Share Email Print
cover

Proceedings Paper

Laser selective microablation of sensitized intracellular components within auditory receptor cells
Author(s): David M. Harris; Burt N. Evans; Joseph Santos-Sacchi
Format Member Price Non-Member Price
PDF $14.40 $18.00
cover GOOD NEWS! Your organization subscribes to the SPIE Digital Library. You may be able to download this paper for free. Check Access

Paper Abstract

A laser system can be coupled to a light microscope for laser microbeam ablation and trapping of single cells in vitro. We have extended this technology by sensitization of target structures with vital dyes to provide selective ablation of specific subcellular components. Isolated auditory receptor cells (outer hair cells, OHCs) are known to elongate and contract in response to electrical, chemical and mechanical stimulation. Various intracellular structures are candidate components mediating motility of OHCs, but the exact mechanism(s) is currently unknown. In ongoing studies of OHC motility, we have used the microbeam for selective ablation of lateral wall components and of an axial cytoskeletal core that extends from the nucleus to the cell apex. Both the area beneath the subsurface cistemae of the lateral wall and the core are rich in mitochondria. OHCs isolated from guinea pig cochlea are suspended in L- 15 medium containing 2.0 (mu) M Rhodamine 123, a porphyrin with an affinity for mitochondria. A spark-pumped nitrogen laser pumping a dye cell (Coumarin 500) was aligned on the optical axis of a Nikon Optiphot-2 to produce a 3 ns, 0.5 - 10 micrometers spot (diameter above ablation threshold w/50X water immersion, N.A. 0.8), and energy at the target approximately equals 10 (mu) J/pulse. At short incubation times in Rh123 irradiation caused local blebbing or bulging of cytoplastic membrane and thus loss of the OHC's cylindrical shape. At longer Rh123 incubation times when the central axis of the cell was targeted we observed cytoplasmic clearing, immediate cell elongation (approximately equals 5%) and clumping of core material at nuclear and apical attachments. Experiments are underway to examine the significance of these preliminary observations.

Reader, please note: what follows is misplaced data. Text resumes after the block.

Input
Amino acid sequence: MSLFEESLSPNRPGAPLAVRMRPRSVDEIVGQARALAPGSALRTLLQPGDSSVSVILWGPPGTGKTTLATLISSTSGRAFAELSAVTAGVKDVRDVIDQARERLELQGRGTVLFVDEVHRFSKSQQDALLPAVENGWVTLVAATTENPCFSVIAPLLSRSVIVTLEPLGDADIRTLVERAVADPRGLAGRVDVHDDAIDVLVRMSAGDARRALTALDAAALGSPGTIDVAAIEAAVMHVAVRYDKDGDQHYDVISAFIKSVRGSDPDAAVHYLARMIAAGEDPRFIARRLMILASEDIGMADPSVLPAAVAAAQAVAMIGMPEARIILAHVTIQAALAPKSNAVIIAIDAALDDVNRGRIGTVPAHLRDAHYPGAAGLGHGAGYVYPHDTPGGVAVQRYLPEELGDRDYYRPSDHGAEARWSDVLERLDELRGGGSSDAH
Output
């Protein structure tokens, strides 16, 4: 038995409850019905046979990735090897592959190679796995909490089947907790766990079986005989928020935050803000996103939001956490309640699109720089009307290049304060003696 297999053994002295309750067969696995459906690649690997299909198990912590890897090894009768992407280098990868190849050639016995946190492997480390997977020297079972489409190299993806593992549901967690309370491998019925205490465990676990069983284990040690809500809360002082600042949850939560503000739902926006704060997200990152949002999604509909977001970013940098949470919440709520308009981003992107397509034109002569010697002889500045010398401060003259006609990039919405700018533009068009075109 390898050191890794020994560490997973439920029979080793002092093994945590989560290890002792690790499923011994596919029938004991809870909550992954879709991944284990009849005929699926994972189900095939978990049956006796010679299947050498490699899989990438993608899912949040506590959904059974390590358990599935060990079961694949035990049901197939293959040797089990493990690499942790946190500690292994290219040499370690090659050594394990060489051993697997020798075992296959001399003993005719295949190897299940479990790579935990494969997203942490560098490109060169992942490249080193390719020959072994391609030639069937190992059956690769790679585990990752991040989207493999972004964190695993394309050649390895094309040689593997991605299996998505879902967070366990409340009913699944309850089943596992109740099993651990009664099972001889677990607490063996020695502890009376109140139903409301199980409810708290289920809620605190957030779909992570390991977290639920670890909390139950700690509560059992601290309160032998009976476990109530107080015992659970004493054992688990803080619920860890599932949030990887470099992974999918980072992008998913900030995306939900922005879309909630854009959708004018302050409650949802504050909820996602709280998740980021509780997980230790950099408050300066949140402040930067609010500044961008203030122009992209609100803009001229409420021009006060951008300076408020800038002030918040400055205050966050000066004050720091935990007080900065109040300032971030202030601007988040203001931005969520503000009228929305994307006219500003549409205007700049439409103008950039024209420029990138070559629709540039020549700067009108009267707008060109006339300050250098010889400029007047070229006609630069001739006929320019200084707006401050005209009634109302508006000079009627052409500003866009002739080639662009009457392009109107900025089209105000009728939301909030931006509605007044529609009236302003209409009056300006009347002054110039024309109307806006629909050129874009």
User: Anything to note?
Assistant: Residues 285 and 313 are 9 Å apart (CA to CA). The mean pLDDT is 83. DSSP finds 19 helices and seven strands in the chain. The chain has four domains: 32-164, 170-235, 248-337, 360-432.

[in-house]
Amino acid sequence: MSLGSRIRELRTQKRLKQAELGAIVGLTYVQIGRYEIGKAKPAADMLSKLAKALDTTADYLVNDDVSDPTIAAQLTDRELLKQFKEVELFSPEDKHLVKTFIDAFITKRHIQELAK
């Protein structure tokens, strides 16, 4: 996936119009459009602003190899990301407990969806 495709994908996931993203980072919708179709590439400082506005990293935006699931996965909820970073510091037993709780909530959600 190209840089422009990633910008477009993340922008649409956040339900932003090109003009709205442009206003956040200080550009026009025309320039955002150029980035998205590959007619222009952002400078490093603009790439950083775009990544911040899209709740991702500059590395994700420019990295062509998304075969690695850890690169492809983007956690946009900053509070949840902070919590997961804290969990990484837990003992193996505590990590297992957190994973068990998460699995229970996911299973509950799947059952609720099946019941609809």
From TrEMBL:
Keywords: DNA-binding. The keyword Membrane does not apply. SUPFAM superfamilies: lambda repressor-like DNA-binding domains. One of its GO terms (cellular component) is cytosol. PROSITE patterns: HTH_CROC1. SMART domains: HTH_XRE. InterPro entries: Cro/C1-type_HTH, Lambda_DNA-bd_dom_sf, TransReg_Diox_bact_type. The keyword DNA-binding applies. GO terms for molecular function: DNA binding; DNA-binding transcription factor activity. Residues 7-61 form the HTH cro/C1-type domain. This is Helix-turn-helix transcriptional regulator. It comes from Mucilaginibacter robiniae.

Paper Details

Date Published: 1 May 1995
PDF: 6 pages
Proc. SPIE 2396, Biomedical Optoelectronic Instrumentation, (1 May 1995); doi: 10.1117/12.208412
Show Author Affiliations
David M. Harris, Yale Univ. School of Medicine (United States)
Univ. of Illinois/Chicago (United States)
Burt N. Evans, Northwestern Univ. (United States)
Joseph Santos-Sacchi, Yale Univ. School of Medicine (United States)


Published in SPIE Proceedings Vol. 2396:
Biomedical Optoelectronic Instrumentation
James A. Harrington; David M. Harris; Abraham Katzir, Editor(s)

© SPIE. Terms of Use
Back to Top